Nearly two weeks ago, Colts owner Jim Irsay made a brilliant move in the ongoing battle for the hearts and minds of his team’s fans by pointing out, in essence, that no other team will pay Peyton $28 million on March 8 and that Manning should be willing to do with the Colts whatever reduced deal he would be willing to do with another team.
On Monday, Irsay squandered those style points by attempting clumsily to reconcile his various public remarks regarding the Manning situation with his prior admonition that Peyton should “keep it in house.”
Addressing via Twitter what Irsay calls “media word-twisters” (I’ve been called worse . . . today . . . by my wife), he addresses the disconnect between keeping it in house and taking it to the tweet streets: “I said’If u have a PROBLEM with some1,keep it n house.Never said’Don’t communicate with fan base about issues involving their team’s roster.”
And now, for the English tranlsation: “I said, ‘If you have a problem with someone, keep it in house. I never said, ‘Don’t communicate with the fan base about issues involving their team’s roster.'”
Unless those are the lyrics of a song with which I’m not familiar, Irsay apparently doesn’t like being held to the same standard he has tried to impose on Peyton. In Irsay’s mind, Peyton shouldn’t tell the media that he has concerns that the changes in the organization are affecting his ability to regain his arm strength, but it’s OK for Irsay to try to back Peyton into a corner by expressing concern regarding the fact that the only way to keep Manning around is to give him on or before before March 8 a check that at this point in his career Peyton could only get from the State Lottery Commission.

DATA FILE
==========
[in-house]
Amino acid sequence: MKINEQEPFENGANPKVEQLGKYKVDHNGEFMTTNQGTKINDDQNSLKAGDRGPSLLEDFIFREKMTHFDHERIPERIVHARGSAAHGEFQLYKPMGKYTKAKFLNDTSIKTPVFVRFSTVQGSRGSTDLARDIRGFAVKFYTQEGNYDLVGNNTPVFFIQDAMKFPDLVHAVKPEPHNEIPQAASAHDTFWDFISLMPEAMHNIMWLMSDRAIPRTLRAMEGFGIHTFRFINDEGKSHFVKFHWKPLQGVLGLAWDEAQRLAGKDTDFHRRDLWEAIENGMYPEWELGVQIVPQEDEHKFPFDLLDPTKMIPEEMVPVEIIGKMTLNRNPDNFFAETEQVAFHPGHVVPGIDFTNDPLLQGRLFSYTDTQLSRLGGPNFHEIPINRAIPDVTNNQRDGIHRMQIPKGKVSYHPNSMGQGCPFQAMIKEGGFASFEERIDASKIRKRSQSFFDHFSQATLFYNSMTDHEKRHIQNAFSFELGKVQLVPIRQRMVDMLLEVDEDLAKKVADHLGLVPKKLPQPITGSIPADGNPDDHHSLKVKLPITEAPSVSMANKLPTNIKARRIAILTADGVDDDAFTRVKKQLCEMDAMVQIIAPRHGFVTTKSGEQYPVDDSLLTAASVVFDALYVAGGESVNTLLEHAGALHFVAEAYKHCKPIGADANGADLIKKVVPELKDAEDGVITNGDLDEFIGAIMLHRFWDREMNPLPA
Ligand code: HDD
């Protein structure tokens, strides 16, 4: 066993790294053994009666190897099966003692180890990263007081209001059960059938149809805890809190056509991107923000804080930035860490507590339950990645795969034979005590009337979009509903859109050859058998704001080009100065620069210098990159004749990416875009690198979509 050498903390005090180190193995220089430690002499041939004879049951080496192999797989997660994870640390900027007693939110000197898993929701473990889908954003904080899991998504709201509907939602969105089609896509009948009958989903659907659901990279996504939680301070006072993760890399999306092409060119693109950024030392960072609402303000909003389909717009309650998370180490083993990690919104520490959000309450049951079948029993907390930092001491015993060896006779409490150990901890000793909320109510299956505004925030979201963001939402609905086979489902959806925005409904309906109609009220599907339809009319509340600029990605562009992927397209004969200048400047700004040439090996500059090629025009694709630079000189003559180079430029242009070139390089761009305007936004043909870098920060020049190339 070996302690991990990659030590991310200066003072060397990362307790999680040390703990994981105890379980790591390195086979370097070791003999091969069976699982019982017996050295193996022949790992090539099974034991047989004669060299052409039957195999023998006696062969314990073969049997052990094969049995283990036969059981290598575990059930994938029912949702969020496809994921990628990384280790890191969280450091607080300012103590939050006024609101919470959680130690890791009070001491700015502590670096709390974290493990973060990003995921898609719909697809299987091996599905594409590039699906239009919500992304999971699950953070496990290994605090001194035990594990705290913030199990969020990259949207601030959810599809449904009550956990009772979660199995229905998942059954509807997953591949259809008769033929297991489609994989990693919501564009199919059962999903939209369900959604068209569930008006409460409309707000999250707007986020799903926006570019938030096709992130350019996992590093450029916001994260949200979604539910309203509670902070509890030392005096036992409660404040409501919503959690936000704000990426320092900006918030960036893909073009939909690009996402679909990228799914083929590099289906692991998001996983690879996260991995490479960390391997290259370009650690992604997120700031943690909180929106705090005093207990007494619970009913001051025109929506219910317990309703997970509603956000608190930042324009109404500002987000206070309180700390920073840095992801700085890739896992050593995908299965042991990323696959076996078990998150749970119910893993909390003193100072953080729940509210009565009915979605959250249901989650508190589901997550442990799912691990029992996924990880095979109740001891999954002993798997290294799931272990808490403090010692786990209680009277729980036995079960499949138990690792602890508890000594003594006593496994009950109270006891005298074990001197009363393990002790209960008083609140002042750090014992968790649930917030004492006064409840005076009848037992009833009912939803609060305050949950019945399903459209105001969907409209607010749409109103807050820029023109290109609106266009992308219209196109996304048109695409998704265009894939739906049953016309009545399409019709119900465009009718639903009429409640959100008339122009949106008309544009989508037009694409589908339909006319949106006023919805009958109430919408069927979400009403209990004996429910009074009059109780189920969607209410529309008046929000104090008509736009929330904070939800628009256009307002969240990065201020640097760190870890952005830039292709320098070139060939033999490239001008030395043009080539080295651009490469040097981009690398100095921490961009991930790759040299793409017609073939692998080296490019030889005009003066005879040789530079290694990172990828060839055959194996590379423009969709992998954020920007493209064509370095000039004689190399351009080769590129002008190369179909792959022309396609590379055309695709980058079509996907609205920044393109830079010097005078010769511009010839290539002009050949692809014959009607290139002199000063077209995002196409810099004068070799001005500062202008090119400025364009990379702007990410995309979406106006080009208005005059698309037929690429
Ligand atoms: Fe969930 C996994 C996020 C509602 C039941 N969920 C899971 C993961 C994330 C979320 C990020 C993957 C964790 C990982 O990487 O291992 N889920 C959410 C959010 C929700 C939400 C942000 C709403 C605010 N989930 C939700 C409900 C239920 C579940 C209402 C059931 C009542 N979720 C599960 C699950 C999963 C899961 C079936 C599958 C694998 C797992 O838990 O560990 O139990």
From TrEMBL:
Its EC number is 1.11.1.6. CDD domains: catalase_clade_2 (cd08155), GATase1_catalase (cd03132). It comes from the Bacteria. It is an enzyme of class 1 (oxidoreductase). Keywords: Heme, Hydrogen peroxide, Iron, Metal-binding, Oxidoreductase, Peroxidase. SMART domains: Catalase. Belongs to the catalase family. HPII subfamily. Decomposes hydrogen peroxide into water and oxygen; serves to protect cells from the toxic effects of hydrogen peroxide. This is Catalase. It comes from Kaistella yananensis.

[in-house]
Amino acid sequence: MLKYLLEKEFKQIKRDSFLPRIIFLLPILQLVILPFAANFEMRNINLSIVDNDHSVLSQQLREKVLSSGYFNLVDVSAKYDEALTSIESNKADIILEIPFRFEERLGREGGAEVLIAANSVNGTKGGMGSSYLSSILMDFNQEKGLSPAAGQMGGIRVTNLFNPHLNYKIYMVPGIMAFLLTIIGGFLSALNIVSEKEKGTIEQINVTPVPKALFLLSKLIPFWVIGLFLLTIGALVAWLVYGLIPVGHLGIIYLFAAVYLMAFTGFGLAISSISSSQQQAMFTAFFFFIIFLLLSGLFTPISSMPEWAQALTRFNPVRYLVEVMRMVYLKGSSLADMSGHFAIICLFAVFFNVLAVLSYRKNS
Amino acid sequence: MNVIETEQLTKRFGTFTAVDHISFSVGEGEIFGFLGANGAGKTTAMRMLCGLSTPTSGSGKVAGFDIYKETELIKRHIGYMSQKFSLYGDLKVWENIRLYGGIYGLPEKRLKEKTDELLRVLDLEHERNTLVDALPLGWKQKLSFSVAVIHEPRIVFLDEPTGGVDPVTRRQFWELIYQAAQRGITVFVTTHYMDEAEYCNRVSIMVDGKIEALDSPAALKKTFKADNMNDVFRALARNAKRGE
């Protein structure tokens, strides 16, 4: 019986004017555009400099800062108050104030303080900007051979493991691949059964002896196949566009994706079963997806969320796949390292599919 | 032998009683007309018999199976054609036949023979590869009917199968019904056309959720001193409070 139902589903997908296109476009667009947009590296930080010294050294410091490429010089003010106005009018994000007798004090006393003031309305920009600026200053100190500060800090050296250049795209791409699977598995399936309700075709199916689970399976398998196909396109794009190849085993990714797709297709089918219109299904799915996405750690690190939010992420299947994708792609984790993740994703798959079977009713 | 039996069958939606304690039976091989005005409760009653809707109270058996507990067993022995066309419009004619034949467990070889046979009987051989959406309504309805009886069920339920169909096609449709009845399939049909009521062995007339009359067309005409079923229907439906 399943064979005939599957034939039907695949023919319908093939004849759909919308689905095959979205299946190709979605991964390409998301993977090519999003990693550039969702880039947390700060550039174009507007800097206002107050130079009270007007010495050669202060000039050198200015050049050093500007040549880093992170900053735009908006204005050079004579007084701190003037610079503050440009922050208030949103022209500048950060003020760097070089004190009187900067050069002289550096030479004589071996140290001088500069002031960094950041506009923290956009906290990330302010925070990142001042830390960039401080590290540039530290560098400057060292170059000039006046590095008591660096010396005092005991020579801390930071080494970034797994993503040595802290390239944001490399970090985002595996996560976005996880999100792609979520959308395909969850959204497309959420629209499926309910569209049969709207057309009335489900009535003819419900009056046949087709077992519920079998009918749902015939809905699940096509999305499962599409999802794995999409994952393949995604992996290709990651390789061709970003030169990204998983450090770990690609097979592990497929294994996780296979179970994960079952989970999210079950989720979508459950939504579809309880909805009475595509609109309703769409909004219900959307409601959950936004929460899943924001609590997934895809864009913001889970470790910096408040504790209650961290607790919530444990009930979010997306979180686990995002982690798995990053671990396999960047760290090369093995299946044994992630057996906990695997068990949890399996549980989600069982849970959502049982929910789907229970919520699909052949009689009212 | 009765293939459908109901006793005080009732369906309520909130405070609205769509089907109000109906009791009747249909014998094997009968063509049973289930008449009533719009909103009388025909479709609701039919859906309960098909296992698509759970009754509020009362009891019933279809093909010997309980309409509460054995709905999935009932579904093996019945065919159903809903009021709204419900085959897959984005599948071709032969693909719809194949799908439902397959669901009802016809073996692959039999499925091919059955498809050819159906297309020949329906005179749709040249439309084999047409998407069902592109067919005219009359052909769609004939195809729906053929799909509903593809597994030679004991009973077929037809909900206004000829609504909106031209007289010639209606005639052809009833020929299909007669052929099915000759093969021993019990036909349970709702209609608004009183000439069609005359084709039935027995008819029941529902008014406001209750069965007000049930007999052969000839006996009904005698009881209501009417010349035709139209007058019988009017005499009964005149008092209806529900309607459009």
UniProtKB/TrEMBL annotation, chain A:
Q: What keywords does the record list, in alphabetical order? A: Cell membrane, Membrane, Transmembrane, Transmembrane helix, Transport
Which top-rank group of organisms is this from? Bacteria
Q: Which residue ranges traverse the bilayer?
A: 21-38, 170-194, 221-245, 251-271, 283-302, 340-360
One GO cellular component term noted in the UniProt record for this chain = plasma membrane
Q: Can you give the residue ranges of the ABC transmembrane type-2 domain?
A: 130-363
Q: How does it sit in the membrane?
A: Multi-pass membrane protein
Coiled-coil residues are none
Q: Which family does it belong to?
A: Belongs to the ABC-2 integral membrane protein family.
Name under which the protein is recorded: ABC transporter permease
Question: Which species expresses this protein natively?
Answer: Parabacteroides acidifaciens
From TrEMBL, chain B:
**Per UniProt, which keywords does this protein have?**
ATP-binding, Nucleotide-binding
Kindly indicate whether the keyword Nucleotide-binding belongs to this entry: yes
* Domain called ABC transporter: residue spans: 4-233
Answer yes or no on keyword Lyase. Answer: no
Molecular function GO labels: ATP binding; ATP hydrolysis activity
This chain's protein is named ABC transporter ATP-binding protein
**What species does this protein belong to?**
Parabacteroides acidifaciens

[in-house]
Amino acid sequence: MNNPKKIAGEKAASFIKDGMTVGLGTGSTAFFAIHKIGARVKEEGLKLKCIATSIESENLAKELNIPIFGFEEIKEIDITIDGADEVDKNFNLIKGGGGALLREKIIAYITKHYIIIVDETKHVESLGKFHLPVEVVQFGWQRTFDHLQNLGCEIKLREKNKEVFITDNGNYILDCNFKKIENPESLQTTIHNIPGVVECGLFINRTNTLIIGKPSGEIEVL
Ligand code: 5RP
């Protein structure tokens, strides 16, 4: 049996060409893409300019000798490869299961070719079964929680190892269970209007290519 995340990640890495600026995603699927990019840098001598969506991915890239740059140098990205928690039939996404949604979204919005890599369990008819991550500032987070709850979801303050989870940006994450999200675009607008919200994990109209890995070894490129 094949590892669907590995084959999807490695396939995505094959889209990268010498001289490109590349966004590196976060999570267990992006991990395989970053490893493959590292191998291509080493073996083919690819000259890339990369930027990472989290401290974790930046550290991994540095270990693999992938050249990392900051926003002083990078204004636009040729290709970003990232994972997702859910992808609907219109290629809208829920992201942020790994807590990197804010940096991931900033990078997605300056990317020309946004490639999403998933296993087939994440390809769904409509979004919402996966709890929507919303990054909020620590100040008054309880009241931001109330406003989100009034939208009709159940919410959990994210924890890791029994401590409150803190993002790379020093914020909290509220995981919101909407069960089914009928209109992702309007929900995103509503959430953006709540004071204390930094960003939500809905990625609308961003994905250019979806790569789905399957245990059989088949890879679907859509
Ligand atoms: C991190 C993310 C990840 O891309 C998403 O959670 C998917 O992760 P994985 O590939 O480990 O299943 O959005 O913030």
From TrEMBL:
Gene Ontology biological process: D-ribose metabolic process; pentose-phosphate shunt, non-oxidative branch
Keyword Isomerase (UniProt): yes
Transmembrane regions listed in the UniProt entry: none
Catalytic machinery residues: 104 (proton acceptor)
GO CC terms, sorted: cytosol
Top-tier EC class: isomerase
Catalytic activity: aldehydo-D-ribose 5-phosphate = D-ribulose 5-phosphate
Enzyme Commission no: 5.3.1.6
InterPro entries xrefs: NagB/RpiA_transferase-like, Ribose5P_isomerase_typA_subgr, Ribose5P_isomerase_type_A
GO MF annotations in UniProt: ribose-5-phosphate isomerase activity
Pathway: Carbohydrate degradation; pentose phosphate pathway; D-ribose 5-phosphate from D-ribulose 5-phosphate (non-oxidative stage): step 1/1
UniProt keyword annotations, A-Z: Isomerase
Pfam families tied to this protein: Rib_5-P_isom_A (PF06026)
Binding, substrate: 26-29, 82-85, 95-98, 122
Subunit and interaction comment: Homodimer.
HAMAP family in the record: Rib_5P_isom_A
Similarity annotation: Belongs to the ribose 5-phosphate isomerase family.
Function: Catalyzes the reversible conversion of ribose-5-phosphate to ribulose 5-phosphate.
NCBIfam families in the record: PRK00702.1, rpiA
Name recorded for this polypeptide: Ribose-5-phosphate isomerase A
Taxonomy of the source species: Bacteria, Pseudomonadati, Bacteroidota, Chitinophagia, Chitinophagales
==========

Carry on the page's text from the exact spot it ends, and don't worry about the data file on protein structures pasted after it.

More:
Irsay followed that up with more legible message. “We will always communicate with Colt Fans about important issues through all 21st century means to be informative and insightful,” Irsay said.
That’s fine. But Irsay shouldn’t expect his players to not do the same thing. Surely, Peyton regarded the issues he raised last month with Bob Kravitz of the Indianapolis Star to be “important” and “informative” and “insightful.”
Anyone who gets it knows that both Irsay and Manning hope to avoid blame for the coming divorce. They’re playing a game. In his latest effort, Irsay didn’t play it very well.
So, Emperor, if none of your employees can or will tell you that you’re riding that horse both bareback and bare-bottomed, someone has to. And it’s far better to have that message come from someone in the media instead of, say, Oliver or Andrew Luck.